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viruses-08-00258-f001: The main mechanism of capsid-targeted viral inactivation (CTVI). (A) Comparison of viral genome encapsidation in a normal virus and a virus containing a capsid–enzyme fusion protein [3]. a. Normal assembly of viruses, whereby nucleic acid is enveloped by capsid proteins to form the nucleocapsid; b. The assembly process of the virus with a fusion protein composed of a capsid protein and a degradative enzyme (e.g., staphylococcal nuclease (SN)) that is calcium ion (Ca2+) dependent. The fusion protein is incorporated into the internal virion during viral assembly, where is has direct access to nucleic acid. When the Ca2+ concentration reaches the millimolar range, the enzyme is activated and digests the viral RNA/DNA; (B) A schematic representation of the CTVI mechanism. Infection of a cell by a virus stably expressing a fusion protein mainly includes the following steps: a. The virus enters the host cell through the endocytosis pathway; b. the fusion protein is stably expressed; c. using material supplied by the host cell, the fusion protein is incorporated into the viral structure during viral assembly; d. the virus is assembled and modified to form a mature virion within closed vesicles in the cytoplasm, but the nuclease in the virion is inactive due to the intracellular nanomolar Ca2+ concentration; e. the virus is released into the extracellular environment; f. the nuclease incorporated into the progeny virion is active in the extracellular millimolar Ca2+ concentration, where it can degrade the viral nucleic acids.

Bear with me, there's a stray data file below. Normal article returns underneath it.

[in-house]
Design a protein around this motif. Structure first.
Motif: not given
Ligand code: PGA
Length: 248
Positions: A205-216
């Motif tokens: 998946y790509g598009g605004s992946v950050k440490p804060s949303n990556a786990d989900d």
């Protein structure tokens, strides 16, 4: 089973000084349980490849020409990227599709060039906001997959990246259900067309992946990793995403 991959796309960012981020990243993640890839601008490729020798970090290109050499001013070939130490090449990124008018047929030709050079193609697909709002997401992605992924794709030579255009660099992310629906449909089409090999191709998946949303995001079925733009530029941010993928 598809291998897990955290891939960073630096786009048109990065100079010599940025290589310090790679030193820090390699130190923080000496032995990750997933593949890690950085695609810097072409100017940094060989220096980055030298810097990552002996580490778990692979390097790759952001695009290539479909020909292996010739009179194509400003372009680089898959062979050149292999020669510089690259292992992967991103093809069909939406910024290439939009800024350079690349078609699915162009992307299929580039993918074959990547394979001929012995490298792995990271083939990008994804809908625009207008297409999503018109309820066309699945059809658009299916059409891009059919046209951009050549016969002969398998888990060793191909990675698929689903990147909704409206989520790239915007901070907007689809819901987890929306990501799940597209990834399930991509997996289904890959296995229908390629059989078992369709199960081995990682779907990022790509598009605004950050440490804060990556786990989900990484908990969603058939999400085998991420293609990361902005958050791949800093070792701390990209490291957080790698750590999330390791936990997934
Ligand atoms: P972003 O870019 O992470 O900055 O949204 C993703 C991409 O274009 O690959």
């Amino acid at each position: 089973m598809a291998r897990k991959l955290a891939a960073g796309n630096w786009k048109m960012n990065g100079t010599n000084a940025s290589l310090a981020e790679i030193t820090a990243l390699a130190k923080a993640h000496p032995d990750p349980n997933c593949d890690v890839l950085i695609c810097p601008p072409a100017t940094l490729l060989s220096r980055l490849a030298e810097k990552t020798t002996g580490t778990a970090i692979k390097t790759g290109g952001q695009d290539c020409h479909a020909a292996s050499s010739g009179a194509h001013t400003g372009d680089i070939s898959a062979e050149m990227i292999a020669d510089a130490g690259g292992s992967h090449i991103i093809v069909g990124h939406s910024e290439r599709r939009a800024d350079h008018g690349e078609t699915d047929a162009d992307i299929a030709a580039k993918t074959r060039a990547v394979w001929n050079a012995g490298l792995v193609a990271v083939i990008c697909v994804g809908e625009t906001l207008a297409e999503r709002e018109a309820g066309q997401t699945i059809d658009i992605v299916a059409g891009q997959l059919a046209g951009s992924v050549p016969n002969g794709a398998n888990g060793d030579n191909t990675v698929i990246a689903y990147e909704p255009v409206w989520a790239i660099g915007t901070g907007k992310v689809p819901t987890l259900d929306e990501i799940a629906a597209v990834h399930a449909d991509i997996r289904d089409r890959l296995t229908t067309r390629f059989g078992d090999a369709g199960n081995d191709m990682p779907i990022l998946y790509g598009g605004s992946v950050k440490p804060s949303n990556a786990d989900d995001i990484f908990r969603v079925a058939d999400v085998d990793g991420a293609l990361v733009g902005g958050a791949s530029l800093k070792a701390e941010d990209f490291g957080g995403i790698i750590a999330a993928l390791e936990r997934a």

Mentions: The strategy proposed by Natsoulis and Boeke [3] in 1991 was first used in a model of yeast retrotransposon Ty1, and the method has since been applied to various viruses. The mechanism underlying this strategy is based on the fact that viral DNA or RNA is encapsidated into a protein shell, forming a complex. The complex, comprising capsid proteins and nucleic acid, is termed the nucleocapsid (Figure 1Aa). As the protein of the nucleocapsid participates in viral assembly, a fusion protein consisting of a virus nucleocapsid protein and a foreign protein (an effector such as a nuclease [26,27], lipase, protease, or single-chain antibody (scAb) [12,20,28] is generated. The fusion protein is then incorporated into the virus particle. Therefore, the effector molecule of the fusion protein has direct access to the nucleic acid or protein components of viruses. In particular (Figure 1Ab), the fusion protein can degrade DNA/RNA [29,30] or disrupt the protein composition of the virus [21], resulting in an antiviral effect.


Capsid-Targeted Viral Inactivation: A Novel Tactic for Inhibiting Replication in Viral Infections